Thursday, June 5, 2014

The Moncure Robinson Mansion -- No. 16 East 76th Street

With the completion of Central Park the blocks off Fifth Avenue saw rapid development.  In 1881 William Noble began construction on 10 speculative rowhouses stretching from No. 10 through 28 East 76th Street.  Completed a year later they were designed by John G. Prague and were described by The New York Times as “four-story brownstone-front” dwellings.

When M. L. Sire purchased No. 16 with “the similar dwelling 28 East Seventy-sixth Street" in 1897, the three wealthy Robinson siblings were living in their family mansion at No. 23 North Washington Square.  Their father, Edmund Randolph Robinson had died the year before and their mother had died earlier.  The young adults were wealthy, prominent, and on their own. 

After the expected period of mourning, they Robinsons resumed their upscale social lives.  Eleanor hosted a reception for the introduction of her sister, Augusta, into society on December 10, 1898 in the home.  And their attorney brother, Moncure Robinson, would be well-known in the highest social circles.

The Robinson children had not only large personal fortunes, but an outstanding pedigree.  Their mother was the daughter of John Jay and was related to the Chapmans and McVickars.  The Times would later note “The Robinson family is one of the old families of Virginia.”

Their social standing was glaringly obvious on April 4, 1900 when Augusta was married in the parlor of the Washington Square house, given away by her brother.  Among those assembled were Mrs. Stuyvesant Fish, Mr. and Mrs. Cornelius Vanderbilt, Jr., the Schieffelin family, the Abraham Hewitts, Mrs. William Morgan and her daughter, the W. Bayard Cuttings and other high-ranking society figures.

A month later Moncure would earn attention at the “artists’ revel” in Boston when he “personated a Doge of Venice.”  Later he and Eleanor took a cottage in fashionable Bar Harbor. 

By the time they returned for the winter season, things had drastically changed in the East 76th Street neighborhood.  The neighborhood had increasingly lured Manhattan’s wealthiest citizens and the addresses of the brownstone residences of a generation earlier were suddenly highly valued.  On September 29, 1901 The New York Times remarked that “The good demand for dwellings of moderate value has continued to be the mainstay of the market…This demand has been principally for houses near Fifth Avenue, north of Fiftieth Street.”  Among the houses sold that week was No. 16 East 76th Street.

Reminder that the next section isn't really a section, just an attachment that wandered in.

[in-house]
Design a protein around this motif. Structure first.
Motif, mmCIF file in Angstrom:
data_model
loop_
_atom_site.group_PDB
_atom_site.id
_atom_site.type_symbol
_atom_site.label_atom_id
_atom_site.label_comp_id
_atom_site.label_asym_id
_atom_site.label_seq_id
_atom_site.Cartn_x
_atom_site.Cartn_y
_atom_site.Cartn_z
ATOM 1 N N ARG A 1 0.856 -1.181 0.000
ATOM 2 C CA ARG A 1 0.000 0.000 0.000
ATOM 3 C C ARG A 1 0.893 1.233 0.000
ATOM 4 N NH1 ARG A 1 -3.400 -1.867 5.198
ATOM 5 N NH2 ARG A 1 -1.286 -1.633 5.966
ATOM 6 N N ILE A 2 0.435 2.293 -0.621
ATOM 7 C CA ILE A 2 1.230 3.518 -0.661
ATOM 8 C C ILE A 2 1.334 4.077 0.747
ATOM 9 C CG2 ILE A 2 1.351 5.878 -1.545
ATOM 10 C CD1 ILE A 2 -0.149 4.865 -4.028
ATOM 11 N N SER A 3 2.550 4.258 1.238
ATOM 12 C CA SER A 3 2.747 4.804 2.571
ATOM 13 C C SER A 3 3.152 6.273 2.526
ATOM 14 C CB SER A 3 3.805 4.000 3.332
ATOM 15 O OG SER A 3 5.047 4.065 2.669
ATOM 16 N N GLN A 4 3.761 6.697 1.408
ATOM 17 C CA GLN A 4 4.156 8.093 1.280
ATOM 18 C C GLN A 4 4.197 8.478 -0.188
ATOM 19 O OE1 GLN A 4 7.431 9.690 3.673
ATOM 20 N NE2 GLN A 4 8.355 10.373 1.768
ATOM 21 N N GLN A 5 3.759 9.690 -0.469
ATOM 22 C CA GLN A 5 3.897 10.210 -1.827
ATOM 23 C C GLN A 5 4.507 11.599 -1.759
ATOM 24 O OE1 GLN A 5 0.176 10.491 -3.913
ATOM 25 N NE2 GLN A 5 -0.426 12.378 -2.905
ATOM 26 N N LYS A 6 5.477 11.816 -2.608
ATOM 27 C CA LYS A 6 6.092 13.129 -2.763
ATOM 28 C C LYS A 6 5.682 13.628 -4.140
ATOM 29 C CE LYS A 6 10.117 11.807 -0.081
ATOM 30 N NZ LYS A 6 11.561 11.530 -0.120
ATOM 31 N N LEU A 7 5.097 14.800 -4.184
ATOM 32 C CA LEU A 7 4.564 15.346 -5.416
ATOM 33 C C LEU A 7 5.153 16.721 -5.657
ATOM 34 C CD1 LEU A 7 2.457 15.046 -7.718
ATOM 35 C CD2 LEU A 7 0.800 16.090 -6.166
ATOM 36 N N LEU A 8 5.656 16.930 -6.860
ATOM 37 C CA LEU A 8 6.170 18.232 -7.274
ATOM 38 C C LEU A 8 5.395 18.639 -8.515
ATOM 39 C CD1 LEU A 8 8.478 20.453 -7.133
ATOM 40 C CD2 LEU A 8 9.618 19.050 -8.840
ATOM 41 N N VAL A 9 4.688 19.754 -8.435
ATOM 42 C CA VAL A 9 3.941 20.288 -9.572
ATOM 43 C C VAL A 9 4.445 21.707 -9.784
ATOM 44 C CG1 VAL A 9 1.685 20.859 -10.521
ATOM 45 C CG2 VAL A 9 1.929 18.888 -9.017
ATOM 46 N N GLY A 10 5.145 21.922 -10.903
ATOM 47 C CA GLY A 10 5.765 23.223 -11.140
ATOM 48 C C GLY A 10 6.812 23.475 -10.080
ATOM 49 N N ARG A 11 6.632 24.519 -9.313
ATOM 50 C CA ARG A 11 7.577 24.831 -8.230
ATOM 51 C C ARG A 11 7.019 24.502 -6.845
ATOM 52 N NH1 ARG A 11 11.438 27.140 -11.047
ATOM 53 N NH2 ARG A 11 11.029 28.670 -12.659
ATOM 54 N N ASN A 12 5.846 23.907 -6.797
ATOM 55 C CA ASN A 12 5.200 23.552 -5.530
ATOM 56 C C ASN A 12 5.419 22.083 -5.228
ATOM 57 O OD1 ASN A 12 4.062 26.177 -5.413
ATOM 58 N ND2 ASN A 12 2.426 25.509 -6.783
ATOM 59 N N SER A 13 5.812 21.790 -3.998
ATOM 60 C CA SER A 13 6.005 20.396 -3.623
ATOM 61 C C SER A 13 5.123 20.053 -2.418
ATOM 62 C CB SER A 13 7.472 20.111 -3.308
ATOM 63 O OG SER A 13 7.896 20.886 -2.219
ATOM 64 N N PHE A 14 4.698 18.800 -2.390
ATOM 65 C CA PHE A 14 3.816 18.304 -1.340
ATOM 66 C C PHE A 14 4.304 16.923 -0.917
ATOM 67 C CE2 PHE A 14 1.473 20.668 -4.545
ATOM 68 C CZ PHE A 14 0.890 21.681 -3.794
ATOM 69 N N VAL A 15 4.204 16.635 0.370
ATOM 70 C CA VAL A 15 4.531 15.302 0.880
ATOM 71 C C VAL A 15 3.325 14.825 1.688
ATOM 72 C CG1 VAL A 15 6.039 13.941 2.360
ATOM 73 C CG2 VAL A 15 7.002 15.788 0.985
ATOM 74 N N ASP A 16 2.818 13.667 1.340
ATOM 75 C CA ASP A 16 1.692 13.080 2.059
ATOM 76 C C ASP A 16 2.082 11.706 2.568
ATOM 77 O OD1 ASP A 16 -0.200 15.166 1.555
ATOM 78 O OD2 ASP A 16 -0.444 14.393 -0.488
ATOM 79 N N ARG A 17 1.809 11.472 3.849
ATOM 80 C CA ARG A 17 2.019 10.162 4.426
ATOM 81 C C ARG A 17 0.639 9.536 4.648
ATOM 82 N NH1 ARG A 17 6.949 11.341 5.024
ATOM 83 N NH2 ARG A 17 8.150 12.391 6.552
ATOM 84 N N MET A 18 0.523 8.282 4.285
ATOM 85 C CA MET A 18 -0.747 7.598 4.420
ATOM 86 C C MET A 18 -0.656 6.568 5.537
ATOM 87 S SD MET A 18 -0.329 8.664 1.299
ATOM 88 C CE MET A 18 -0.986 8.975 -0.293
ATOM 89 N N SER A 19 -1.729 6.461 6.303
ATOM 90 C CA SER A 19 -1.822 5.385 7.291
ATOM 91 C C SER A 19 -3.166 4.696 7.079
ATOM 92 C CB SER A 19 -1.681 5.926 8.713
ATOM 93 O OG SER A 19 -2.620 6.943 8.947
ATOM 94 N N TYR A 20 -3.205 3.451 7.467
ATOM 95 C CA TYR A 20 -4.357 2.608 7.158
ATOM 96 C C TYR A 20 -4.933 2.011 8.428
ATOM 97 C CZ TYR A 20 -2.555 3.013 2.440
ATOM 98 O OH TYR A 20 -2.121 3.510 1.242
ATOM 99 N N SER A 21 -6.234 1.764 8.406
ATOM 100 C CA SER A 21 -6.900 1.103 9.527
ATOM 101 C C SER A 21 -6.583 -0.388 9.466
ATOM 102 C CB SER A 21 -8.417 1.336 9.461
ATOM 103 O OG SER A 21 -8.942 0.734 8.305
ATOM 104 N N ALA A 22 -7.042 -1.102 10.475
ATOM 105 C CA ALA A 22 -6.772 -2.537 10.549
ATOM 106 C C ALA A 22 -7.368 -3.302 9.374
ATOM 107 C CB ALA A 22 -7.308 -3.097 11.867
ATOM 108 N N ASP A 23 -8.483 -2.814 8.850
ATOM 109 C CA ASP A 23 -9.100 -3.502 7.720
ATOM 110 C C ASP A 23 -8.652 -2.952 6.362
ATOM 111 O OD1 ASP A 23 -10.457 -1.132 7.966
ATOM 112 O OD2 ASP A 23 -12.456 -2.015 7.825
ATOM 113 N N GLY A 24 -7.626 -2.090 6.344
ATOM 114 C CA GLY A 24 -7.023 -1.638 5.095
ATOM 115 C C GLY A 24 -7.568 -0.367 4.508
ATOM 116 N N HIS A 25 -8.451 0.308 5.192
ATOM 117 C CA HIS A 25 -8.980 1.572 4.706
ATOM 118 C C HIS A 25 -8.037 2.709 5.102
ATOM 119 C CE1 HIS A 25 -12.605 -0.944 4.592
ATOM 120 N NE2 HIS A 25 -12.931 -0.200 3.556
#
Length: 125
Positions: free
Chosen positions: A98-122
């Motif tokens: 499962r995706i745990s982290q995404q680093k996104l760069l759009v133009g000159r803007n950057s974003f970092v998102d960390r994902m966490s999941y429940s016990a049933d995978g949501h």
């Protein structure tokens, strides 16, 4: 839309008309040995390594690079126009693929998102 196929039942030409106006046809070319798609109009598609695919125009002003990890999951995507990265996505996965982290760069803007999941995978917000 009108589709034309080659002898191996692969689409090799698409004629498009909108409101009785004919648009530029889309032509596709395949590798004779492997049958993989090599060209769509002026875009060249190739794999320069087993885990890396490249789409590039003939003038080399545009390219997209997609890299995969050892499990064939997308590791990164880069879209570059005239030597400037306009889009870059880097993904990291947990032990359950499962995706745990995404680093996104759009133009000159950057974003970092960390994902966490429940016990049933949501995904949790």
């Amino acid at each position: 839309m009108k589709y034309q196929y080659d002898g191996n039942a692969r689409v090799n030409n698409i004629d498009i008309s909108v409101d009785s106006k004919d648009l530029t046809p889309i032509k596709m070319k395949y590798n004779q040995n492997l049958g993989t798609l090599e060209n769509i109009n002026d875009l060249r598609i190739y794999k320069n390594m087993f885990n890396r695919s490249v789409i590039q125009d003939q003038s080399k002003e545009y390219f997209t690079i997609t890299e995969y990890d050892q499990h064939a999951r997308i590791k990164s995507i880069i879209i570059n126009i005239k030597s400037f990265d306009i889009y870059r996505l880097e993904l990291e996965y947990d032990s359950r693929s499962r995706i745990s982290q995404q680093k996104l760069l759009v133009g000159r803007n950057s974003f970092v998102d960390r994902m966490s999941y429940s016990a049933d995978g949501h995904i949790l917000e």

The rapidly increasing value of the property was noted by the Real Estate Record & Builders’ Guide on March 15, 1902.  The house was purchased by the City Real Property Investing Co.  “The house changed hands twice last year; the first time at $60,000, the present sellers paying $67,000.”

Within a few weeks it would be sold again—this time to Moncure Robinson.  The purchase was made public on May 3 and was possibly sparked by Augusta’s impending engagement to Commander Louis Wentworth Packington Chetwynd of the Royal Navy.  As preparations for the wedding in Fifth Avenue’s St. Thomas’s Church were laid out; Moncure set architects Hoppin & Koen to work remodeling the old brownstone uptown into a fashionable, modern mansion.

Augusta’s January 17, 1903 wedding was a star-studded event in terms of society names.  The church was filled with names like Fish, Vanderbilt, Belmont, Harrison, Beekman and Townsend.  But The New York Times was careful to print at the top of the list “Mrs. Astor.”

The following week Moncure was a guest of Mr. and Mrs. Robert J. Collier in the mansion on Gramercy Park.  It was in honor of Mrs. Collier’s grandmother, Caroline Schermerhorn Astor and his inclusion on the guest list of only 16 was a social coup.  But Robinson was eager to begin entertaining on his own in his new house.

The East 76th Street project was finished by now.  Hoppin & Koen had produced a striking five-story neo-Georgian home of red brick with limestone trim.  The entrance in the rusticated stone base was a few steps below the sidewalk; and the architects drew on a variety of 18th century elements to produce the refined and elegant home—fanlights above the second story French doors; radiating stone lintels over the upper openings, and finely detailed dormers behind a stone balustrade.